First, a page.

More Than 100 Politicians Are Begging James Mattis For Answers About The Trans Military Ban In A Letter

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In August, Donald Trump signed a memo that barred transgender men and women from further becoming members of the United States' military. The memo was sent to the Pentagon which gave Jim Mattis, Secretary of Defense, the option to deliberate and determine whether current transgender military members would continue providing their service. It was an explosive memo that led to widespread outrage and criticism from progressive activists and Democrats who viewed the memo as a sign of political regression from the administration. Now, a congressman penned a letter to Trump demanding proof of transgender ban consultation with the military.

The letter was shared on Twitter by Rep. Barbara Lee of California and was penned by congressman Donald McEachin of Virginia. Bustle has reached out to Lee for comment on any reaction from Trump's administration and will update if they respond. The document demands that the president provide proof of mutual consultation between him and the military on the subject of transgender military members and their presence in the army.

In Trump's memo, the ban was to, among other things, purportedly alleviate structural costs of accommodating transgender soldiers. The presidential memorandum read, "In my judgment, the previous administration failed to identify a sufficient basis to conclude that terminating the departments’ longstanding policy and practice would not hinder military effectiveness and lethality, disrupt unit cohesion, or tax military resources, and there remain meaningful concerns that further study is needed to ensure that continued implementation of last year’s policy change would not have those negative effects." The memo also stated that the ban would involve terminating "resources to fund sex reassignment surgical procedures for military personnel."

While addressing Mattis, McEachin wrote that the signers of the letter "request information about what discussion or correspondence between the White House and the Pentagon, if any, led president Trump to make his assertion." It went on to say, "If senior military or Department of Defense personnel asked that the president ban transgender individuals from military service, we request access to any letters, emails, telephone transcripts, meeting logs and minutes, or other materials that document such requests."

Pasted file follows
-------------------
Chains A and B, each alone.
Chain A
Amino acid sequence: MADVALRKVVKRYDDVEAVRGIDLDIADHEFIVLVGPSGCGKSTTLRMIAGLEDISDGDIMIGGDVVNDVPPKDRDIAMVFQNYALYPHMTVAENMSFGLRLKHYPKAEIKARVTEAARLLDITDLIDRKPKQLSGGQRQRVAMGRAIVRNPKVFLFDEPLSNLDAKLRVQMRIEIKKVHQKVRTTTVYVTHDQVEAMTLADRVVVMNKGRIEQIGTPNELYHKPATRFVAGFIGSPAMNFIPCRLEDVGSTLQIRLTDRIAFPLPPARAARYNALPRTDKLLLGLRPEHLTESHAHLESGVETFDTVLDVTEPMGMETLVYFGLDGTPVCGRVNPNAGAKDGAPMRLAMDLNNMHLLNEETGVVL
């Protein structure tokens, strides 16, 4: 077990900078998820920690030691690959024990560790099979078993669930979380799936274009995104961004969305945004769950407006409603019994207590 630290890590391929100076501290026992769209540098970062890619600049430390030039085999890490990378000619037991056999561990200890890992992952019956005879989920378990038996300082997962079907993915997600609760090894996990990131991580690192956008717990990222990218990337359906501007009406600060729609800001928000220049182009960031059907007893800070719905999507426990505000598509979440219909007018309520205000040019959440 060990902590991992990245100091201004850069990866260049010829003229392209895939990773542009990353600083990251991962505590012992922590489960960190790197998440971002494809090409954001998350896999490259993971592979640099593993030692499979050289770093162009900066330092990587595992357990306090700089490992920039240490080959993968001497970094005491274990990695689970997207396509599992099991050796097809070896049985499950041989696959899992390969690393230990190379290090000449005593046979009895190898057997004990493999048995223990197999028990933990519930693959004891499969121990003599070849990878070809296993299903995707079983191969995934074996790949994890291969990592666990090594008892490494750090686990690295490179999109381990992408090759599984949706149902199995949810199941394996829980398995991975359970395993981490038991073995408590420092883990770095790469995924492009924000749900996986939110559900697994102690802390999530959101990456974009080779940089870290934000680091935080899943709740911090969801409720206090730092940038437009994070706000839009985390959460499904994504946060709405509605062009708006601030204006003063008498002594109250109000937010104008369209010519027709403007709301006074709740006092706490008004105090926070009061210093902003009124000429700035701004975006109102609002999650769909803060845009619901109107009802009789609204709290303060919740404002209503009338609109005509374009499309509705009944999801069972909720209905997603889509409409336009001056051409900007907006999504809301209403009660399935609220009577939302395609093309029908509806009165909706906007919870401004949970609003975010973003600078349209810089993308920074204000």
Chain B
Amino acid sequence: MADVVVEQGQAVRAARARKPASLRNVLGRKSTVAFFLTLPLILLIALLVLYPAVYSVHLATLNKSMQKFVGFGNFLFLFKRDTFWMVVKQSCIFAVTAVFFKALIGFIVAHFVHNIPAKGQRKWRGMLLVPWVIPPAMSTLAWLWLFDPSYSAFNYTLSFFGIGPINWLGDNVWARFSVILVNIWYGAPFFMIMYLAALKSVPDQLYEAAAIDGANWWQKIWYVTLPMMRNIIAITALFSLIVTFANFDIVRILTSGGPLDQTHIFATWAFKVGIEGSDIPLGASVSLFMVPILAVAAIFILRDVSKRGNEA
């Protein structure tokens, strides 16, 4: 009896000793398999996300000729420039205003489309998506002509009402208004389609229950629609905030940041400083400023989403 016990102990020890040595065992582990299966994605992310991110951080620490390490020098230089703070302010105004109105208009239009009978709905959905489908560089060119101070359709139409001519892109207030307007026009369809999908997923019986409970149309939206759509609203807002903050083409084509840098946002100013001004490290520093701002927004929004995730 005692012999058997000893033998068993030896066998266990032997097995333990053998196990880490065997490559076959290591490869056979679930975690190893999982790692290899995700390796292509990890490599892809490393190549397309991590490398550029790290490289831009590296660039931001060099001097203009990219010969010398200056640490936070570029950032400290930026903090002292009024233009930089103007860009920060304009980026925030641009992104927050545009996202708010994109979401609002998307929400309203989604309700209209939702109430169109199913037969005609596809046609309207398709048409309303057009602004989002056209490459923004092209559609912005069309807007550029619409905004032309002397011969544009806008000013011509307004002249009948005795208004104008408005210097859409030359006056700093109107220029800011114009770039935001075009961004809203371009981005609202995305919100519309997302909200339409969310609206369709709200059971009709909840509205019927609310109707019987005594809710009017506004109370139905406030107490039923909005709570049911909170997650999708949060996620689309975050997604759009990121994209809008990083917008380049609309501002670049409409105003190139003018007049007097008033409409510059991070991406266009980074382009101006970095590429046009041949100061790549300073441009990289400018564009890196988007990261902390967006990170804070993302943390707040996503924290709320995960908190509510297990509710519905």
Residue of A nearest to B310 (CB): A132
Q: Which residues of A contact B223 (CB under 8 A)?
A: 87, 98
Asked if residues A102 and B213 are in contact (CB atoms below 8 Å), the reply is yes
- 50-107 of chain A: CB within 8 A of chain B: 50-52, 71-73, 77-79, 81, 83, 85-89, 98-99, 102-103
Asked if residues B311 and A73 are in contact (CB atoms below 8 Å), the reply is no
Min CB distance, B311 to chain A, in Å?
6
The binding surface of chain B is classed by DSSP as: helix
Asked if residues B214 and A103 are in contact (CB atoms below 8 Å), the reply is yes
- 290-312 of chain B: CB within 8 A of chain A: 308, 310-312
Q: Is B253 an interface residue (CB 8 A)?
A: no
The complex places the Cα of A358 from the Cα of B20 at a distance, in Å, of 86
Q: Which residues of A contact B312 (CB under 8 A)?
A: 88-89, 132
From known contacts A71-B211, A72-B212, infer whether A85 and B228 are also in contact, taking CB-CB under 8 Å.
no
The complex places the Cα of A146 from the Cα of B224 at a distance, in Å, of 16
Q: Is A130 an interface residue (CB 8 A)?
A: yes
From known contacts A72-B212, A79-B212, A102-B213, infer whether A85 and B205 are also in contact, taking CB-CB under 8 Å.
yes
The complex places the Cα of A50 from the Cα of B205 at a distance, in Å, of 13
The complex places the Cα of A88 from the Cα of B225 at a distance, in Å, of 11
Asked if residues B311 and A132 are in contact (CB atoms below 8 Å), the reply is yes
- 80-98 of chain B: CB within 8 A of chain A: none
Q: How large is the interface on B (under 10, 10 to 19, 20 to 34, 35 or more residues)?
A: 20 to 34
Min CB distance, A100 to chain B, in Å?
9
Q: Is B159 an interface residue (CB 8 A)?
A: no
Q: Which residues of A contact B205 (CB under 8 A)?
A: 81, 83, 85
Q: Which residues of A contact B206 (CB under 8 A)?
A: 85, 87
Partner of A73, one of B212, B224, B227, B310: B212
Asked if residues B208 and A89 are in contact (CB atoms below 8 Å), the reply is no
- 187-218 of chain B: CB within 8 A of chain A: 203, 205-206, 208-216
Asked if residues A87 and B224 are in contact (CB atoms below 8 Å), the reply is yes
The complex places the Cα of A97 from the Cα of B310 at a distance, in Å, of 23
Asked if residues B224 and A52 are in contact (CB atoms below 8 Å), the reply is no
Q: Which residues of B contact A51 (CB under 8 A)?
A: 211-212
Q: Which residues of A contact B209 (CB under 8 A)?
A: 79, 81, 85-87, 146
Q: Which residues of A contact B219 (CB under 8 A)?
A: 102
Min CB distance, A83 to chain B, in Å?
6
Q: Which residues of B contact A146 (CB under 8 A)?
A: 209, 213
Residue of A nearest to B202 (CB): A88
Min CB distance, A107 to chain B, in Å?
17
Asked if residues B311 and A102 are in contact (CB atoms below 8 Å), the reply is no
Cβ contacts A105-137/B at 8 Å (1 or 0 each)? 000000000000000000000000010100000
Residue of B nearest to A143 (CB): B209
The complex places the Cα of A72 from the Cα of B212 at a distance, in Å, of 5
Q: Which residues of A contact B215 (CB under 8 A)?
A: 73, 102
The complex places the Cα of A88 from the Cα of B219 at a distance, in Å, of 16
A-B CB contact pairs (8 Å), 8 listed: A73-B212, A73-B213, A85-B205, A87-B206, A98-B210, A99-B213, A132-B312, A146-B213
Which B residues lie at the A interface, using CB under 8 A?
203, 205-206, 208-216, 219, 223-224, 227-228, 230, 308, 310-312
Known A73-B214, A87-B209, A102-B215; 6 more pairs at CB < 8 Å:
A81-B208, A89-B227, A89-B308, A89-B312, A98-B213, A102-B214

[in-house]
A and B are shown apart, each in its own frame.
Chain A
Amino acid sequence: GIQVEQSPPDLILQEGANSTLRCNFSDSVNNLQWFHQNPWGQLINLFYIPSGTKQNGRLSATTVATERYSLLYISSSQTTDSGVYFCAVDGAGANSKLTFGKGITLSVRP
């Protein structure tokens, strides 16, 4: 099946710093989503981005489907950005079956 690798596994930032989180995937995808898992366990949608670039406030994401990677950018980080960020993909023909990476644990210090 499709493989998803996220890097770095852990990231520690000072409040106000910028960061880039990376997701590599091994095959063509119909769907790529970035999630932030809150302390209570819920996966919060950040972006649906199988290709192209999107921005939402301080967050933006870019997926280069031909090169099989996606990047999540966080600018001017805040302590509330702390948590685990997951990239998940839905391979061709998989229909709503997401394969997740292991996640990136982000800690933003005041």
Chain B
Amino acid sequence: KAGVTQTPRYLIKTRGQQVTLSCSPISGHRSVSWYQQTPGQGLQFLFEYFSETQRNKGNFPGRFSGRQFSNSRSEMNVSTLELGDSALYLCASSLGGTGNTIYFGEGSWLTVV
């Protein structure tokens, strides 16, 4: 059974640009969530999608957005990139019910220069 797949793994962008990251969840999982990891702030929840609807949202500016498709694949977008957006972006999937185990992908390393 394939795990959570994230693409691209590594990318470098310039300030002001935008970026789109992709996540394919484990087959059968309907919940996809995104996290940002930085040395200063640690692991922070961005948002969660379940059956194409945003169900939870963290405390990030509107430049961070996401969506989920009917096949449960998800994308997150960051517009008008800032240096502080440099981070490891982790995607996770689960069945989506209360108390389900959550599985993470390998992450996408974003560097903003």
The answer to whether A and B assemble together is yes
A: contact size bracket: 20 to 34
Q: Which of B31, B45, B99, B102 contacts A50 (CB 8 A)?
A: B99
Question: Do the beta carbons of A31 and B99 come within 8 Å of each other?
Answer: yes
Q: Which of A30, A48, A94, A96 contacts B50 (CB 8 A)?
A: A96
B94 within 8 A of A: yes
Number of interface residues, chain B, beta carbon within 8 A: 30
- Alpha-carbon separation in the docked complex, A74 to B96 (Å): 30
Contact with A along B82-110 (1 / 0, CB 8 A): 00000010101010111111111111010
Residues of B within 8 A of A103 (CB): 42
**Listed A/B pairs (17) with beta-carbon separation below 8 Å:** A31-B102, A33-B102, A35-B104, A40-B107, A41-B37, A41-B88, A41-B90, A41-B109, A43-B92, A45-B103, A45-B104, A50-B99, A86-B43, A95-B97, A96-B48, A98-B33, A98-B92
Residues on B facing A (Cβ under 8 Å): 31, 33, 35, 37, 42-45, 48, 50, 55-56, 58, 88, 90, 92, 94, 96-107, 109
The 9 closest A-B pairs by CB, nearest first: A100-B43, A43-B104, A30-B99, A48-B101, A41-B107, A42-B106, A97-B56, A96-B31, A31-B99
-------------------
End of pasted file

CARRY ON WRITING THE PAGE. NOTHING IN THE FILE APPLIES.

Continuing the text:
Trump's focus on military resources supposedly allotted for transgender members was criticized by Democrats. One Democratic senator, Tammy Duckworth, cited a study that highlighted the estimated amount spent on transgender health service, which was at $5.6 million. Duckworth compared it with the military's expense geared toward Viagra, which is reportedly at $40 million, according to a study from July. ""If you want to talk about costs," Duckworth said, "there are other places where you could cut."

This isn't the first time that Democrats have expressed their criticism toward Trump's transgender ban. More than 50 House Democrats signed a letter to Trump and asked him to reconsider his memorandum.

The letter, just like Lee's shared address, was directed at Mattis and Joint Chiefs of Staff chairman Joseph Dunford. The address declared that the Democrats "not only express our strong opposition to President Trump's recent tweets seeking to ban transgender individuals from the military, but to remind you not to comply with any unconstitutional directive which may ultimately be issued."

McEachin's letter carries significance as it could reveal possible internal consultation between Trump and Pentagon members. At this moment, there is no proof of any collaboration between both parties. But if the Trump administration responds with proof of communication between the entities, the conversation transgender civil rights could get much more complicated.

In contrast, if the Trump administration or Mattis offer no proof of consultancy, the letter notes that it would like to zero in on the possibility of "a breakdown" in correspondence because "you know, clear communication between the White House and the Pentagon is essential to our nation's security."